Mary rode on a donkey and Joseph walked to Bethlehem? No donkey mentioned in the Bible. Maybe they had one, maybe not. The reason that a donkey and ox are always depicted in manger scenes goes back to the middle ages, when the two animals were placed in the scene as symbols of Isaiah 1:3.
Mary gave birth the night that they arrived? "While they were there, the days were completed for her to give birth" (Luke 2:6). Sounds like they arrived some time before. They were smart enough not to make a 9-month-pregnant woman travel!
Joseph delivered the baby? Almost impossible in their culture. Joseph is from Bethlehem (Luke 2:3-4), so he has plenty of extended family. His female relatives likely served as midwives.
No room in the inn? This myth is understandable, since our Bibles say "inn" (Luke 2:7). However, the Greek word is kataluma, which more likely means "guest room" (Luke 22:11, Mark 14:14). Jews in general did not stay in inns, and it is unlikely that Bethlehem had an inn. Since Joseph had family in Bethlehem, Luke probably meant that there was no space in their guest room. Perhaps the family did not give Joseph and Mary their best reception, since Mary got pregnant before they got married?
Jesus was born in a stable? No stable is mentioned in the Bible. "She laid him in a manger" (Luke 2:7). Peasant homes sometimes had feeding troughs dug into the dirt. Some animals were kept in the house for safety. They probably kicked out the animals and used the manger for the baby because it was convenient and warm. Perhaps this was a "sign" to the shepherds because it showed that the Messiah was born as a peasant, rather than in the Herodium, Herod's nearby palace that overshadowed Bethlehem. (By the way, Herod's tomb was discovered in the Herodium just a few years ago).
Swaddling clothes are for dead bodies, symbolizing the coming death of Christ? No, the Greek word sparganao (Luke 2:7) merely means to wrap in cloths, and is not used elsewhere to refer to the cloths for dead bodies.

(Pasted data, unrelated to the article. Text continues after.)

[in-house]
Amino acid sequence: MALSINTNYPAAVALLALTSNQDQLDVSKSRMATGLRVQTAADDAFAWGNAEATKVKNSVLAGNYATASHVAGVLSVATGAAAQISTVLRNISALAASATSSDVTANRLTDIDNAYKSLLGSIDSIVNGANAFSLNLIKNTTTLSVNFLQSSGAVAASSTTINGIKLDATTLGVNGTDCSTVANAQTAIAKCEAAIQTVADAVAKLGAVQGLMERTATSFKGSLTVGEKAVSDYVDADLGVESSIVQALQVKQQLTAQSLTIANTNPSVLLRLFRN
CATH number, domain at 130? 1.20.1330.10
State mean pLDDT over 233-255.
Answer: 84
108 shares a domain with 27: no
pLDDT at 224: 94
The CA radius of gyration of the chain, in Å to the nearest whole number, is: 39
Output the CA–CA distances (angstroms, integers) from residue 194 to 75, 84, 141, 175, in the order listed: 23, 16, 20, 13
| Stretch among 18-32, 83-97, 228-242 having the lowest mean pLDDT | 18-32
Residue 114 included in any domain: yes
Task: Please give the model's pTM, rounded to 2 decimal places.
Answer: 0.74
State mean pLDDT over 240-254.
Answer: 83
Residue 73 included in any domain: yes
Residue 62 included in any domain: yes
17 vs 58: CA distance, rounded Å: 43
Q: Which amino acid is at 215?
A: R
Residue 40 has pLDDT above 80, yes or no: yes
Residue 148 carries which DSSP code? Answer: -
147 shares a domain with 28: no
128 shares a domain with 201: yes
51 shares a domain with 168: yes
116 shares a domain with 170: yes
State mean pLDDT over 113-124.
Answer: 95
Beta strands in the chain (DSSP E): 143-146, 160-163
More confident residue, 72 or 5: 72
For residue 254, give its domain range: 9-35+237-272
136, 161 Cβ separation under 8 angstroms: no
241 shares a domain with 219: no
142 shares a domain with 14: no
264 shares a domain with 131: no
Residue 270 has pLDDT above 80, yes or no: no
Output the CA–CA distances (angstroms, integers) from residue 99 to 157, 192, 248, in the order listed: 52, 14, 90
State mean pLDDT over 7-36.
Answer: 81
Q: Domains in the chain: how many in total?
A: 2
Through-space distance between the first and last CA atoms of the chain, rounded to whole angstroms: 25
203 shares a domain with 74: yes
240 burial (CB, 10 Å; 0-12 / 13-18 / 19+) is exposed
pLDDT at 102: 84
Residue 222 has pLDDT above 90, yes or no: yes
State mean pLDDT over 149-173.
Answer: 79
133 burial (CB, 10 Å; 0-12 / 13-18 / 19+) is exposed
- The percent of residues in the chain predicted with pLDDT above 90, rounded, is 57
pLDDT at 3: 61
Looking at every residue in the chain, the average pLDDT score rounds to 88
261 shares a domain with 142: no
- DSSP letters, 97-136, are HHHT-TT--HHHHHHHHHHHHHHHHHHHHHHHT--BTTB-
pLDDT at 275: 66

The Star of Bethlehem was some astronomical phenomenon? The star described in Matthew 2 does thing that real stars don't do - like change positions and hover over a particular house. Stars were regarded by ancients as supernatural, and that seems to be what Matthew is saying about this particular star.
Three kings from Persia came to visit? Matthew doesn't give a number. And they were magoi, astrologers and advisors to kings, not kings themselves. They may have been from Persia. In Greek "the east" is the same word as Anatolia, so it is possible that they are wise men from Anatolia rather than from Persia - but that's not certain (see Ben Witherington's blog on this).
The wise men came that night? We don't know exactly when they arrived, but it was some time between one month and two years after his birth (Matthew 2:16). The magoi came to a house, not a stable (Matthew 2:11). It must have been at least a month later, because Joseph was still poor when Jesus and Mary were presented at the Temple (after 33 days, Lev 12:1-3). They offered two turtle-doves instead of a lamb, which was only allowed in the case of poverty (Lev 12:6-8). If the wise men had already come, then Mary and Joseph would not have been poor.
Medieval and renaissance art often portrayed the shepherds and wise men at the stable, but that is because artists of the time would put all the related events in one scene with no concern for chronology. Nativity scenes sometimes included the annunciation, although that happened nine months earlier.
Gold, frankincense and myrrh symbolize... ? Various versions of this Christmas myth circulate - that they symbolize kingship, deity and death, or prophet, priest and king. But all three were appropriate gifts for a king, and were very expensive.
Herod killed hundreds of babies? Population estimates of Bethlehem make it likely that Herod's soldiers killed a dozen or so baby boys. Those who doubt that Herod was evil enough to do this should read Josephus' account of Herod's last years. In his attempts to preserve his throne, Herod killed court members, wives and sons. Caesar Augustus famously said about Herod that it was better to be his pig (hus) than his son (huios). On his death bed, Herod ordered the execution of every tribal patriarch in his realm to make sure that all would mourn at his funeral (fortunately, this command was not carried out).
Jesus was born on December 25, AD 1? The exact date of Jesus' birth is unknown, but was not December 25. The first time his birthday was mentioned was in the late second century, and it was given as November 18, but that's not certain either. Jesus must have been born before March of 4 BC, because that's when Herod the Great died. 5 BC seems likely, although maybe it was as early as 7 BC.
The picture: The Vigil of the Shepherds, by Benozzo Gozzoli, 1459.